April's total solar eclipse will pass across North America
Sunglasses won't suffice during the April 8 eclipse.
Millions of people will see the sun darken at midday when a total solar eclipse occurs across a wide swath of the United States, Canada and Mexico on April 8.
This amazing astronomical phenomenon will last only four minutes and 28 seconds, although this is twice the duration of the last total solar eclipse in 2017.
A total solar eclipse occurs when the moon passes between the Earth and the sun, temporarily blocking the sunlight. This time, the moon will reach its closest point to Earth in April on the day before the eclipse, which means that the total eclipse, or the period during which the moon completely covers the sun, will last longer.
“It takes a while for the moon to slide over the sun, cover it, and then slide off,” said Shauna Edson, an astronomy educator at the Smithsonian National Aeronautics and Space Institution. “It usually takes 2.5 to 3 hours for the entire eclipse to occur.” museum.
This phenomenon will not be repeated again until 2044, according to the American “space” website NASA.
The totality of the eclipse will pass over part of northern Mexico before crossing into the United States, and its path will extend through Texas and pass through parts of the Midwest and East Coast before reaching southeastern Canada and heading out to sea, according to a map from NASA. Dallas, Indianapolis, Little Rock, Arkansas, Cleveland, and Buffalo, New York, are all directly in the dark line.
About 44 million people living in the 115-mile-wide path will face total darkness.
“We're really lucky here on Earth because our moon is about 400 times smaller than our sun, but it's also about 400 times closer,” Edson said. “So when they line up perfectly, the moon will cover the bright part of the sun.”
The rest of the United States will see a partial eclipse, as the further you are from the path of the total eclipse, the more the sun will be seen as the moon passes through it.
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How to watch the eclipse safely
Many people have heard warnings against looking directly at the eclipse. Astronomers advise viewers to always look through a pair of specially designed glasses.
“It blocks 99.99% of the sunlight, and the sun will be the only thing you can see through it,” Edson said.
Amateur astronomers should also remember not to look through a regular telescope without a special filter, Edson said. “If anyone is using a solar telescope, you just want to make sure it's someone who knows what they're doing,” Edson said.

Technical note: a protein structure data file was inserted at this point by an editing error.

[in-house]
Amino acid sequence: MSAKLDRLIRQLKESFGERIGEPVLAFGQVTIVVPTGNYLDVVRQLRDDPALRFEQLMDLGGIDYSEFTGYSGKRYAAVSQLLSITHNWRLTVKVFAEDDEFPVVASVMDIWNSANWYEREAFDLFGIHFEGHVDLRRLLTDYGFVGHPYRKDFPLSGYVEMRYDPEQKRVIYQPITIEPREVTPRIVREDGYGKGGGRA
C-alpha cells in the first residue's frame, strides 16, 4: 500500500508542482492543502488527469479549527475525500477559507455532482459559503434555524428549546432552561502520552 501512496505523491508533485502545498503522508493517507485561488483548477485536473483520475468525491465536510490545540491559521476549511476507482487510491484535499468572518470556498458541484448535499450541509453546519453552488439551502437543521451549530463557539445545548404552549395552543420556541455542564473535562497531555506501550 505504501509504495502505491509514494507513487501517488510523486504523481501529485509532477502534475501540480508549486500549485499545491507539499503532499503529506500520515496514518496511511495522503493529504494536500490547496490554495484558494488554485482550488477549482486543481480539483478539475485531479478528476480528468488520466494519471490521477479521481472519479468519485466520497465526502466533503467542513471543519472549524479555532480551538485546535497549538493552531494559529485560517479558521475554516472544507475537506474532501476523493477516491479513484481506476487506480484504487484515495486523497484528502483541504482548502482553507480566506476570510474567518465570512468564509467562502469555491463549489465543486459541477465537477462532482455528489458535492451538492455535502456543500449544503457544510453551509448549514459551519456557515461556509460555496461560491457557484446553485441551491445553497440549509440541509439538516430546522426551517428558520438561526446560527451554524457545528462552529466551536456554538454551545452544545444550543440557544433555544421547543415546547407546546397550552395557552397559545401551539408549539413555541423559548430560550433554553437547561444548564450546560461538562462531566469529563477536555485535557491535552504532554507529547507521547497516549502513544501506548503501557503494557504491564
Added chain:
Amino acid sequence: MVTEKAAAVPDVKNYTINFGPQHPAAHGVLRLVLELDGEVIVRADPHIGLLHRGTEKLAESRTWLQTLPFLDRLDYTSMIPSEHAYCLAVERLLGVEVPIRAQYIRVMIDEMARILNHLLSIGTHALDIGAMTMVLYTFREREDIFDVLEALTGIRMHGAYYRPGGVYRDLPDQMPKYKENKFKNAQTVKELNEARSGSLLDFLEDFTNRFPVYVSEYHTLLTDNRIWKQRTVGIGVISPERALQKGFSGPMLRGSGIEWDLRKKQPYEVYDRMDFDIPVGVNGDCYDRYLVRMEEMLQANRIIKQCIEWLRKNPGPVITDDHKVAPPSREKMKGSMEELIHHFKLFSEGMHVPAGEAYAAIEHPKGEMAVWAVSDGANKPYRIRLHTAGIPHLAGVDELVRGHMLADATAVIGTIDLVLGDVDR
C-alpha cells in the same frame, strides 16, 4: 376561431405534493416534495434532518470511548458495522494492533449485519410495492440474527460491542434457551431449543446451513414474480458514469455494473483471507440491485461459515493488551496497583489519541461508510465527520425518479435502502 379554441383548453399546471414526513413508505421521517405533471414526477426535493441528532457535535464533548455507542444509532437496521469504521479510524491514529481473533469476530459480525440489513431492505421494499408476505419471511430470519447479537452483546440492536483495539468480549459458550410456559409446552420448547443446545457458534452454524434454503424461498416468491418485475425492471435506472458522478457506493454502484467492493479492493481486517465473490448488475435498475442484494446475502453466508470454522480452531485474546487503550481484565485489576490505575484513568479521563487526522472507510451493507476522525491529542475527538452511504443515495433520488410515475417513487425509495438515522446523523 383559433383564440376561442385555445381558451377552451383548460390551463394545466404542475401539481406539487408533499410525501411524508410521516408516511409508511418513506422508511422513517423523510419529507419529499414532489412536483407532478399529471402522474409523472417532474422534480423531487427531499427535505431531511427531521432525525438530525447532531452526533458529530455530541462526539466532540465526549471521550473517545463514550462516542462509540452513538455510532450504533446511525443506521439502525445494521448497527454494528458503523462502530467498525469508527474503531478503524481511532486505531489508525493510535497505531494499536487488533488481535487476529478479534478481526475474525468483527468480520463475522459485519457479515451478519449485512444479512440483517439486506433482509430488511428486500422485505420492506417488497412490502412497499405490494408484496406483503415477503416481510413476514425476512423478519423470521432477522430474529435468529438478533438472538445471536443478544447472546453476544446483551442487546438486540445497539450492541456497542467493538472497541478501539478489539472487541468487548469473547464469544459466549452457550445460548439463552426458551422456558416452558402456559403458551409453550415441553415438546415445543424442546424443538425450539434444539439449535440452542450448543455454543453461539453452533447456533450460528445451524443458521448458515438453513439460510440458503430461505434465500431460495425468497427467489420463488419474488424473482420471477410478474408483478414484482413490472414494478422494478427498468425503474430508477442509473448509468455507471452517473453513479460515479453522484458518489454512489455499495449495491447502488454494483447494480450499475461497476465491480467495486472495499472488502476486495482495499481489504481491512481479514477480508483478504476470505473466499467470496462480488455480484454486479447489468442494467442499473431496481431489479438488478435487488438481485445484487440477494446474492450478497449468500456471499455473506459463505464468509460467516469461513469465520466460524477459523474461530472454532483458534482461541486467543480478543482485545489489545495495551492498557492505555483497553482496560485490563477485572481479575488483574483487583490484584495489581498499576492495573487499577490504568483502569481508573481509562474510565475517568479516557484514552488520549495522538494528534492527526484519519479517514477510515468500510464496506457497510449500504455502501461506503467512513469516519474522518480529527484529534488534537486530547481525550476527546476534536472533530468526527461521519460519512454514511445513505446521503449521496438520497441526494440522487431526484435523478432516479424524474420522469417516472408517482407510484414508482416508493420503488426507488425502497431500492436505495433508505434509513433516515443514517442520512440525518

However, for those who are in the path of a total eclipse, it is safe to view the phenomenon without special glasses for only four and a half minutes when the moon completely covers the sunlight.
“At that point, the bright part of the sun is completely covered,” Edson said. “The dangerous part of the sun is blocked and you can look at it directly with your eyes.”
In those few moments, observers may be able to see the edges of the sun's atmosphere, Edson said. “Maybe you can see a few rings of gas near the edges,” she added.
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Eclipse lovers are making big plans
Eclipse viewers across the country are gearing up for the big day with a wide range of events planned to celebrate the four-and-a-half-minute show.
The Air and Space Museum will collaborate with other Smithsonian museums to bring the Solar Eclipse Festival to the National Mall in Washington, D.C., on April 8 at noon local time. “There will be solar telescopes, along with lots of different ways to view the sun and the eclipse safely,” Edson said.
Other activities will encourage visitors to “explore the relationship between the Earth, the Sun and the Moon” through scales and models of astronomical objects, Edson said.
Astronomers and stargazers in the path of totality have plans in motion to make the most of this rare event.
Brian Tobias, director of the Curtis Vaughan Jr. Observatory at the University of Texas at San Antonio, said he plans to take a group of student observers to look for the perfect spot to capture the totality.
Celebrations at the university will begin the night before, with “pre-eclipse” parties, one of which was booked nearly a year in advance. “We're actually holding a stargazing event in one of the neighborhoods that was smart enough to contact us about a year ago, and we'll do some stargazing for them the night before,” Tobias said, provided the sky is clear. .
Carbondale, Illinois, home of Southern Illinois University, is lucky enough to be in the path of totality for the second time in a row after the 2017 solar eclipse. The university will restore its facilities Eclipse Festival at the Crossroads of Southern Illinoisfeaturing music, a 5K run, and an arts and crafts fair.
Some Texas music fans will get a festival double feature on April 8. Ground Zero Music FestivalIt lasts for five nights from April 5 to 9, and is located directly in the path of totality in Bandera, Texas, about 50 miles northwest of San Antonio.
The Texas Eclipse Festival, located in the rural Reveille Peak Ranch next to Lake Buchanan on the Colorado River, features a star-studded lineup of musicians, DJs and speakers planned over four days. According to the Festival website13 organizers from all over the world will participate to transform camping grounds into a “global eclipse village.”
Some plan to fly into the air to get a closer look at the impact. A local vineyard in Fredericksburg, Texas, a city about 75 miles west of Austin, will hold a festival offering hot air balloon rides after a VIP dinner. According to its website.
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